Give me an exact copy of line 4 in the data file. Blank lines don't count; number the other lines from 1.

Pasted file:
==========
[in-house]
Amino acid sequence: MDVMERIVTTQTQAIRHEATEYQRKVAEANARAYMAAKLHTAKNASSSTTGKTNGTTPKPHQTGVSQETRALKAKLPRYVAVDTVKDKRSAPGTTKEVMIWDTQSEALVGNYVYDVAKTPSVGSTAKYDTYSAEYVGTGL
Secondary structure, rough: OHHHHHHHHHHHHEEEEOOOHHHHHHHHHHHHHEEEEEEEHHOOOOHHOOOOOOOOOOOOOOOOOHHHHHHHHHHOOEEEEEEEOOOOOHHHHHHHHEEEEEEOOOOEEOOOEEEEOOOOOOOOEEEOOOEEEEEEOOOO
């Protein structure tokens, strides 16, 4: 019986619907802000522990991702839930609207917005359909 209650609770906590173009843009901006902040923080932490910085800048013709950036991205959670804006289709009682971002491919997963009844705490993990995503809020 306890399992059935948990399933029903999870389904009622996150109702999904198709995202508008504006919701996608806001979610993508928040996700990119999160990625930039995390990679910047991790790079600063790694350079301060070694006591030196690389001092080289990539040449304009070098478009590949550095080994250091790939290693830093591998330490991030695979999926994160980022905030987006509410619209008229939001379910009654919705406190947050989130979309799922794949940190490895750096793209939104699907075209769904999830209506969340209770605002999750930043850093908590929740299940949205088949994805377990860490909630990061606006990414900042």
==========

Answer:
């Protein structure tokens, strides 16, 4: 019986619907802000522990991702839930609207917005359909 209650609770906590173009843009901006902040923080932490910085800048013709950036991205959670804006289709009682971002491919997963009844705490993990995503809020 306890399992059935948990399933029903999870389904009622996150109702999904198709995202508008504006919701996608806001979610993508928040996700990119999160990625930039995390990679910047991790790079600063790694350079301060070694006591030196690389001092080289990539040449304009070098478009590949550095080994250091790939290693830093591998330490991030695979999926994160980022905030987006509410619209008229939001379910009654919705406190947050989130979309799922794949940190490895750096793209939104699907075209769904999830209506969340209770605002999750930043850093908590929740299940949205088949994805377990860490909630990061606006990414900042």